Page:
Crafting Culture: Protecting and Supporting Creativity
When was the last time that you felt truly heard? Not the kind of heard where a person is able to recite the information that you just gave them, but a deeper kind of heard, where someone steps into your shoes and truly understands the feelings you’ve experienced about a subject. This type of understanding is an extreme rarity and something that's even harder to cultivate within a group of people.
Over the past year at Drive we’ve been digging into what we want our culture to be defined by. We’ve been trying to find out the qualities that we want clients, friends and team members to identify us with when they think of what Drive is. While this process has required a lot of thinking outside the box, I’ve been able to observe a few critically important things.
1) Embrace Failure - At first glance, this may sound like the opposite of good culture, but we’ve actually observed it to be quite the opposite. One of the best things that we’ve been able to offer to our creative team is the ability to fail. This has freed them to take risks and not be afraid of the ramifications of their creative risks. In the words of food critic Anton Ego in Disney’s Ratatouille, “The world is often unkind to new talent, new creations, The New needs friends”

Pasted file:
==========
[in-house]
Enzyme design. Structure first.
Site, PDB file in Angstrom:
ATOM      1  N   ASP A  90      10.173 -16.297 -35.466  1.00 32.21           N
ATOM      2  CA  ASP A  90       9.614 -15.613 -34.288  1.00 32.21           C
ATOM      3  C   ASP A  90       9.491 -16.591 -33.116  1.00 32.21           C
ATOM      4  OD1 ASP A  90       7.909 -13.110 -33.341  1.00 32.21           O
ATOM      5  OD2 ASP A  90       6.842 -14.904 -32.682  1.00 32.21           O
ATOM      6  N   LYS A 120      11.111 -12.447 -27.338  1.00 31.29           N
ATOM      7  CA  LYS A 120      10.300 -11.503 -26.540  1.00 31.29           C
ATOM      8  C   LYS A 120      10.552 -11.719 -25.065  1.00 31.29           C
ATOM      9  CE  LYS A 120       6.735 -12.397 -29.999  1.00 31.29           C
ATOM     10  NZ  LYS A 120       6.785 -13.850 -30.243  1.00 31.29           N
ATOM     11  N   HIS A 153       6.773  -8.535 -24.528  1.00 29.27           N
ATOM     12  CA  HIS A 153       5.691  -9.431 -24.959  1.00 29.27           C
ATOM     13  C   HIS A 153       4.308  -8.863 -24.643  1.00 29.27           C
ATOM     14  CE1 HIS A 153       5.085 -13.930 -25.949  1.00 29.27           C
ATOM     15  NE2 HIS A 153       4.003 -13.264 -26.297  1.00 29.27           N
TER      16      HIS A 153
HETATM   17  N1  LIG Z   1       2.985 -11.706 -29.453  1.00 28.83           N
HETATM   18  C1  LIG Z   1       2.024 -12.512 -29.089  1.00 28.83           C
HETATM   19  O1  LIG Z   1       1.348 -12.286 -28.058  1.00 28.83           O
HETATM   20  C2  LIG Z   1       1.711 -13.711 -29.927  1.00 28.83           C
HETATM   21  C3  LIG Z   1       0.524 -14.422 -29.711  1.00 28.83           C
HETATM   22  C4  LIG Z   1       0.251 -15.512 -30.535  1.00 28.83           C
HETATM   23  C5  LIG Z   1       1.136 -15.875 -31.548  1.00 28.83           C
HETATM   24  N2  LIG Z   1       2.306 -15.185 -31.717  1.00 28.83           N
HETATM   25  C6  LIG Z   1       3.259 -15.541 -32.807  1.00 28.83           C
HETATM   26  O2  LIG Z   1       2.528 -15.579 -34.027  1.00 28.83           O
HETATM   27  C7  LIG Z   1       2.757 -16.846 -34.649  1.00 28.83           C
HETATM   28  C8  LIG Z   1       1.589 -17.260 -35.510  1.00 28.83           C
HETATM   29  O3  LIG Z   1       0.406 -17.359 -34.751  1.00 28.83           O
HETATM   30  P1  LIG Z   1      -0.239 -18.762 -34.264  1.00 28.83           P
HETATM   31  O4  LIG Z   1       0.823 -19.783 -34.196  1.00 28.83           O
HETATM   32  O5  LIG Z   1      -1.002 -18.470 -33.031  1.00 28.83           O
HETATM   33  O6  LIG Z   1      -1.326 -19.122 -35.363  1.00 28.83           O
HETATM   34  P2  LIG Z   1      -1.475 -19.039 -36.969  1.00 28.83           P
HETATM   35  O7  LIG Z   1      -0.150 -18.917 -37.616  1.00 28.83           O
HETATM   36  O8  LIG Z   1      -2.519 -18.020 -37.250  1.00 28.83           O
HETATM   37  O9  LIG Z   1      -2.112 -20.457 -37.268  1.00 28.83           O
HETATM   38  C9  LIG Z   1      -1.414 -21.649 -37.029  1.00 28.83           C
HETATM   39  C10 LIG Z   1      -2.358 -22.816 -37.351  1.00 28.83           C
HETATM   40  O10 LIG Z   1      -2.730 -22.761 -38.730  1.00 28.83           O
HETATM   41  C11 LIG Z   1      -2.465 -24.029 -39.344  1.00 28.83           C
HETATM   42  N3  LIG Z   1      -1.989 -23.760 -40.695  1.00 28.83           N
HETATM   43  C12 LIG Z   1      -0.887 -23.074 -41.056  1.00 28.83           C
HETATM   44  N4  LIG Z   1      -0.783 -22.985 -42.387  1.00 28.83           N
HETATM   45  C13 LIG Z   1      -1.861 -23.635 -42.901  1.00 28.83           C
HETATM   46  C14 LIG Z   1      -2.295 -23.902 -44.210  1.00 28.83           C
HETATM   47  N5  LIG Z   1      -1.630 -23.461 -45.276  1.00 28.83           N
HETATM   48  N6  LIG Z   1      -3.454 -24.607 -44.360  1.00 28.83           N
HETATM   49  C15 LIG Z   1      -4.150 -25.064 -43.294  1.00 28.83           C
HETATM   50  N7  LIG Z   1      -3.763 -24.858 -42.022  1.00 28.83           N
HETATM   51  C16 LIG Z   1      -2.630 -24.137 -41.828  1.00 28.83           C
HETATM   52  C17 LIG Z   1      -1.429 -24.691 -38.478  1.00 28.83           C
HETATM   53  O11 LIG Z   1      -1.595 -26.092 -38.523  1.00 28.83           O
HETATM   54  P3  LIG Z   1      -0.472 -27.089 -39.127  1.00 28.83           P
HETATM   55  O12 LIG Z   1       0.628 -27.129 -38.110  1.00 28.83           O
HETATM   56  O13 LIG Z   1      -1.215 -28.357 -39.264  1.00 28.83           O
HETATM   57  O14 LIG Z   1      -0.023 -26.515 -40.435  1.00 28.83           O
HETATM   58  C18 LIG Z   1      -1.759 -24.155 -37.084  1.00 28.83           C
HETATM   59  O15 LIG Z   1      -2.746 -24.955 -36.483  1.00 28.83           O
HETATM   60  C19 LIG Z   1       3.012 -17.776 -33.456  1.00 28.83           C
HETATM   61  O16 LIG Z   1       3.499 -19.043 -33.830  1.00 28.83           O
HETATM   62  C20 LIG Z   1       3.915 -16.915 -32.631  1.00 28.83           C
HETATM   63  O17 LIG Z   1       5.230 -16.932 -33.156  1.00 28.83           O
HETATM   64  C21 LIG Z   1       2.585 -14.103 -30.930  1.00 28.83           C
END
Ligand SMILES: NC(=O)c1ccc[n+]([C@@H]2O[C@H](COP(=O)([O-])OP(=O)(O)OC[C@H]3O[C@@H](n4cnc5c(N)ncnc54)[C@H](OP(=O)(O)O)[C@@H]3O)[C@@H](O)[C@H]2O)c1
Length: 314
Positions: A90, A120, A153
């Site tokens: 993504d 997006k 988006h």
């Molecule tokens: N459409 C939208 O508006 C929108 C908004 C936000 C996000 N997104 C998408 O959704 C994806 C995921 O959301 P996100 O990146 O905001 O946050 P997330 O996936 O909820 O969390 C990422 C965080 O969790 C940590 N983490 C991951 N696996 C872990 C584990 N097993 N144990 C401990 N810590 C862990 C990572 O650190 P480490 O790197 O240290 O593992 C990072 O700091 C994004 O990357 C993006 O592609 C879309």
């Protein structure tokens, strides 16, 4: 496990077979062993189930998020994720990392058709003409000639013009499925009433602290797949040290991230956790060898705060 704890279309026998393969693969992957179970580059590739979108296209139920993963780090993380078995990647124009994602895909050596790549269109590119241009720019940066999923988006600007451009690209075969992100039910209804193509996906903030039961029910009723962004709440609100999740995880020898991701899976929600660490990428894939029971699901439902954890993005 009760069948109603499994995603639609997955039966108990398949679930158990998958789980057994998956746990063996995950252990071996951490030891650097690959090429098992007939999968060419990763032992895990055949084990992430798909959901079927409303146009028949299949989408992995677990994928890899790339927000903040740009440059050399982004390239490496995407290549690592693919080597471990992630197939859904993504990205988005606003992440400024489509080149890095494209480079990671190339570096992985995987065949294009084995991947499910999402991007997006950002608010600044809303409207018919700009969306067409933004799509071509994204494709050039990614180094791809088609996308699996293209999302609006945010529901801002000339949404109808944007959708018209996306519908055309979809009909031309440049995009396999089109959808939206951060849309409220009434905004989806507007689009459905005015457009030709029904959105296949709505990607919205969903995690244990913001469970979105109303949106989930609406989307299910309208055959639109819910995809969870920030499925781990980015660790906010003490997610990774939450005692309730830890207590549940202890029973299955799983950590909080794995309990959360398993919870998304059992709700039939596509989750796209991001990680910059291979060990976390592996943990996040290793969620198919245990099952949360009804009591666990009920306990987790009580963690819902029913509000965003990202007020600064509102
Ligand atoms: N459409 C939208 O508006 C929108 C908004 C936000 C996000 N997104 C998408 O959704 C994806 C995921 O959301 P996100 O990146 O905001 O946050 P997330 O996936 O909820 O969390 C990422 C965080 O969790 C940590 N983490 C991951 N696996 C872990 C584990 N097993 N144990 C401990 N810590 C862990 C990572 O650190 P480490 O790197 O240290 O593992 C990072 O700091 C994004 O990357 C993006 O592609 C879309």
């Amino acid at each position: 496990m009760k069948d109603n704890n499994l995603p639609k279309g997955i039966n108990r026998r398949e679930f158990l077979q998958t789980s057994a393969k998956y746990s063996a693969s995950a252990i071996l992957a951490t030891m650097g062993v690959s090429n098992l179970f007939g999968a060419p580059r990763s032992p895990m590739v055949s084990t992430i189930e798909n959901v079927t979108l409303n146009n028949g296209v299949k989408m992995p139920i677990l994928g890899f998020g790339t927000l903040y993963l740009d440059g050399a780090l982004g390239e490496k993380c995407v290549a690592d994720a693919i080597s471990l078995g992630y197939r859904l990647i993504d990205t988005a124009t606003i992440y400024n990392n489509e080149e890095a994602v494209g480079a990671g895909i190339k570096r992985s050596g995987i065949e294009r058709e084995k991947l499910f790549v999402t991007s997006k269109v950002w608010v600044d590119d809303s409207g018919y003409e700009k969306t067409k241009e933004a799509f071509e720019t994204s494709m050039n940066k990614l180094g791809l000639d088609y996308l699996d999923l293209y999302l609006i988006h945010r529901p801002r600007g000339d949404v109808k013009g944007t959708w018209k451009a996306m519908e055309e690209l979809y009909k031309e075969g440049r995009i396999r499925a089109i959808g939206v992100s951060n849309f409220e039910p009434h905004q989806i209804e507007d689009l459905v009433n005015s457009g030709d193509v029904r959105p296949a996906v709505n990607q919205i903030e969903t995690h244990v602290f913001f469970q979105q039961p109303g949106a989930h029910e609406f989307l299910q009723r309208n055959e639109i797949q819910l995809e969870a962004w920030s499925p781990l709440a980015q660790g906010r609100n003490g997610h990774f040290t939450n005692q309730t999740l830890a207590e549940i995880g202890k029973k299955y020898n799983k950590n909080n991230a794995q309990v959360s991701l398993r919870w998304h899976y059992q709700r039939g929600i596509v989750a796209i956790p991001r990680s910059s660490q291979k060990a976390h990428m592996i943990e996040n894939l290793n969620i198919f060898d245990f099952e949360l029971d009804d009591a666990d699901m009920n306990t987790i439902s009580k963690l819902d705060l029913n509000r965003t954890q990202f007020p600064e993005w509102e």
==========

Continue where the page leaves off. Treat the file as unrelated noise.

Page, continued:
2) Give everyone a voice - There tends to be this belief that you have to insert “director” in front of or behind your title in order to have a voice in decision making. Because we have a small team, putting in a little extra effort to include everyone in the discussion ensures that everyone is engaged in what's going on, and helps bring insightful ideas to the table that the “directors” might not have thought of.
3) Let people know they’re cared for - The truth is that a human heart is a human heart and we should intentionally treat each other with this in mind. One thing we try to do with one another is care for each other in ways that don’t relate to work, whether it's celebrating birthdays or letting people have a more flexible schedule to take time for personal matters. The result is a group of people that feel that their needs are met at a deeper level, and not just in a superficial way.
Creating a healthy defined culture is a constant challenge, but ultimately, this process creates a stronger group of individuals that can more effectively come together to make things that leave an impact. While we’ve certainly not mastered the process of creating a more healthy culture at Drive, it's been a fun adventure to work together towards getting better everyday.